Research Papers:

This article has been corrected. Correction in: Oncotarget. 2019; 10:5670-5670.

mTOR inhibition affects Yap1-β-catenin-induced hepatoblastoma growth and development

Laura Molina, Hong Yang, Adeola O. Adebayo Michael, Michael Oertel, Aaron Bell, Sucha Singh, Xin Chen, Junyan Tao and Satdarshan P.S. Monga _

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Oncotarget. 2019; 10:1475-1490. https://doi.org/10.18632/oncotarget.26668

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Laura Molina1,2,*, Hong Yang3,*, Adeola O. Adebayo Michael4, Michael Oertel1,5, Aaron Bell1, Sucha Singh1, Xin Chen6, Junyan Tao1 and Satdarshan P.S. Monga1,5,7

1Division of Experimental Pathology, Department of Pathology, University of Pittsburgh School of Medicine, Pittsburgh, PA, USA

2Medical Scientist Training Program, University of Pittsburgh School of Medicine, Pittsburgh, PA, USA

3Department of Medical Ultrasonics, The First Affiliated Hospital of Guangxi Medical University, Guangxi, China

4Department of Biomedical Engineering, Georgia Institute of Technology, Atlanta, GA, USA

5Pittsburgh Liver Research Center, University of Pittsburgh Medical Center and University of Pittsburgh School of Medicine, Pittsburgh PA, USA

6Department of Bioengineering and Therapeutic Sciences and Liver Center, University of California, San Francisco, CA, USA

7Division of Gastroenterology, Hepatology and Nutrition, Department of Medicine, University of Pittsburgh School of Medicine, Pittsburgh, PA, USA

*These authors have contributed equally to this work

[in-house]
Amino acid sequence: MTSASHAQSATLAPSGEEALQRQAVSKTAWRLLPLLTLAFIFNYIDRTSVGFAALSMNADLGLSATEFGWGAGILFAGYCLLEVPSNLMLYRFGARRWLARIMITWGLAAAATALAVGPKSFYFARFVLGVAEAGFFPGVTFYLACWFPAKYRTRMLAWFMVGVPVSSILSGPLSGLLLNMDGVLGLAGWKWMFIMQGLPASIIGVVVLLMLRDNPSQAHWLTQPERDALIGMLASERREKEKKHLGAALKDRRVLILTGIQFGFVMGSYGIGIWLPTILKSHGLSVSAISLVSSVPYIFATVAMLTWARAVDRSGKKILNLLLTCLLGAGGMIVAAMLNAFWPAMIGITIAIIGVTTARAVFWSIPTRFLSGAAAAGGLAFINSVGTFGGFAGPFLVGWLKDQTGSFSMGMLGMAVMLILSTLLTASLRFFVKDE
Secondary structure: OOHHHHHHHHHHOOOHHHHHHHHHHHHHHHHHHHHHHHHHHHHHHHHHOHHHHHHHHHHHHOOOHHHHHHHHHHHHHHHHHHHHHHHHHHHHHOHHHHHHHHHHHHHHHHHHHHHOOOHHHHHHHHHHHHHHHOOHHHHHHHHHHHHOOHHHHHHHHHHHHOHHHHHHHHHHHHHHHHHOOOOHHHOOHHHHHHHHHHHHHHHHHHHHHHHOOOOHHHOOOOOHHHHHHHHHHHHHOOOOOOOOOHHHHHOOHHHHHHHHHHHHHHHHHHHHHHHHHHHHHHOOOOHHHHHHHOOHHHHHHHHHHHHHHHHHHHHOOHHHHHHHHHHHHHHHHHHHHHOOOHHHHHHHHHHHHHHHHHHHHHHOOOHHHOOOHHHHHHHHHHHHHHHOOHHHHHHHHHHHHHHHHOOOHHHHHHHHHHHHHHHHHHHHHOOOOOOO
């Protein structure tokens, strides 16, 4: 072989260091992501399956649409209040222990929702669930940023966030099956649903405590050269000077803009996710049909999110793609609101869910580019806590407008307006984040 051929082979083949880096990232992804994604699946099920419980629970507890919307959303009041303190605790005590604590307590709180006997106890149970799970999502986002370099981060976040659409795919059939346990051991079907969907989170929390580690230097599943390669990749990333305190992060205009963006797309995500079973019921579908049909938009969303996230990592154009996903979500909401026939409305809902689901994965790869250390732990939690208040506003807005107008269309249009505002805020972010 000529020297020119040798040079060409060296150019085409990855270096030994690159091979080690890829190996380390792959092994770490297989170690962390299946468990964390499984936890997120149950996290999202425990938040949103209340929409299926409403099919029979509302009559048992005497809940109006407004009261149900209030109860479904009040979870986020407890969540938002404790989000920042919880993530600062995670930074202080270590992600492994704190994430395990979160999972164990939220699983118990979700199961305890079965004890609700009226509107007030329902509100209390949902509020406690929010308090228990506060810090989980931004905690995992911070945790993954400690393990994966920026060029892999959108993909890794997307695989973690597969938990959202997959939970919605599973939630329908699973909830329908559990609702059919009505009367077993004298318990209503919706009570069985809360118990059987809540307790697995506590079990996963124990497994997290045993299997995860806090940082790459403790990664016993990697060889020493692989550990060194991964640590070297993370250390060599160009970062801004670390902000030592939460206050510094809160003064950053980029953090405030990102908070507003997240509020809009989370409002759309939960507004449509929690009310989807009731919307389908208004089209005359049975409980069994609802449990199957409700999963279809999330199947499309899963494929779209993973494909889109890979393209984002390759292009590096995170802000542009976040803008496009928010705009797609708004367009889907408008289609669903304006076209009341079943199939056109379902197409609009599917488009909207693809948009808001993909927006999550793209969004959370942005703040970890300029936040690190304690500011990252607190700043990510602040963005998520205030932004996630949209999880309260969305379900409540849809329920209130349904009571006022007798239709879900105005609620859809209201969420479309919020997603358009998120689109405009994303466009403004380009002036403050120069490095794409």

Correspondence to:

Satdarshan P.S. Monga, email: [email protected]

Junyan Tao, email: [email protected]

Keywords: pediatric liver tumor; Wnt signaling; mTOR pathway; beta-catenin; YAP1

Received: December 20, 2018    Accepted: January 22, 2019    Published: February 19, 2019


Hepatoblastoma (HB) is the most common pediatric liver malignancy. Around 80% of HB demonstrate simultaneous activation of β-catenin and Yes-associated protein 1 (Yap1). The mechanism by which these signaling pathways contribute to HB pathogenesis remain obscure. Recently, mTORC1 activation was reported in human HB cells and in a murine HB model driven by β-catenin and Yap1. Here, we directly investigate the therapeutic impact of mTOR inhibition following HB development in the Yap1-β-catenin model. HB were established by hydrodynamic tail vein injection of Sleeping Beauty transposase and plasmids coding for ΔN90-β-catenin and S127A-Yap1. Five weeks after injection, when HB were evident, mice were randomized into Rapamycin diet-fed or basal-diet-fed groups for 5-weeks. Tumor growth was monitored via ultrasound imaging and mice in both groups were euthanized after 5-weeks for molecular analysis. Transcriptomic analysis showed a strong correlation in gene expression between HB in the Yap1-β-catenin model and HB patient cohorts. Rapamycin treatment decreased HB burden, almost normalizing liver weight to body weight ratio. Ultrasound imaging showed reduction in tumor growth over the duration of Rapamycin treatment as compared to controls. Majority of HB in the controls exhibited crowded fetal or embryonal histology, while remnant tumors in the experimental group showed well-differentiated fetal morphology. Immunohistochemistry confirmed inhibition of mTORC1 in the Rapamycin group. Thus, Rapamycin reduces HB in a clinically relevant model driven by β-catenin and Yap1, supporting use of mTORC1 inhibitors in their therapy. We also show the utility of standard and 3D ultrasound imaging for monitoring liver tumors in mice.

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